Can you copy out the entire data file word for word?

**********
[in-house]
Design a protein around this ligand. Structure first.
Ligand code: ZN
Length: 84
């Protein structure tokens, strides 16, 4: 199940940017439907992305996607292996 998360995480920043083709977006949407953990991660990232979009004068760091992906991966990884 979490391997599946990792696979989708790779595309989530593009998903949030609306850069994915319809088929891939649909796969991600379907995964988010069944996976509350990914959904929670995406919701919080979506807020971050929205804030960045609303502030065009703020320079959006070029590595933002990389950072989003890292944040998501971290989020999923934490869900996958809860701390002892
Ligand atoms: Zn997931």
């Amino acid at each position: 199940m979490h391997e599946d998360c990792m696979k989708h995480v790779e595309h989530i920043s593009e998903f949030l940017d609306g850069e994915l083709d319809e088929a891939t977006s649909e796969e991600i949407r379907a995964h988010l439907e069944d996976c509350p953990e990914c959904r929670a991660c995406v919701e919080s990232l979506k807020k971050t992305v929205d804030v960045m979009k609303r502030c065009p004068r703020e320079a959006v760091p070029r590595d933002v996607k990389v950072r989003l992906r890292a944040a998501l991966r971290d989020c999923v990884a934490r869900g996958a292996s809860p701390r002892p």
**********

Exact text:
[in-house]
Design a protein around this ligand. Structure first.
Ligand code: ZN
Length: 84
């Protein structure tokens, strides 16, 4: 199940940017439907992305996607292996 998360995480920043083709977006949407953990991660990232979009004068760091992906991966990884 979490391997599946990792696979989708790779595309989530593009998903949030609306850069994915319809088929891939649909796969991600379907995964988010069944996976509350990914959904929670995406919701919080979506807020971050929205804030960045609303502030065009703020320079959006070029590595933002990389950072989003890292944040998501971290989020999923934490869900996958809860701390002892
Ligand atoms: Zn997931």
């Amino acid at each position: 199940m979490h391997e599946d998360c990792m696979k989708h995480v790779e595309h989530i920043s593009e998903f949030l940017d609306g850069e994915l083709d319809e088929a891939t977006s649909e796969e991600i949407r379907a995964h988010l439907e069944d996976c509350p953990e990914c959904r929670a991660c995406v919701e919080s990232l979506k807020k971050t992305v929205d804030v960045m979009k609303r502030c065009p004068r703020e320079a959006v760091p070029r590595d933002v996607k990389v950072r989003l992906r890292a944040a998501l991966r971290d989020c999923v990884a934490r869900g996958a292996s809860p701390r002892p």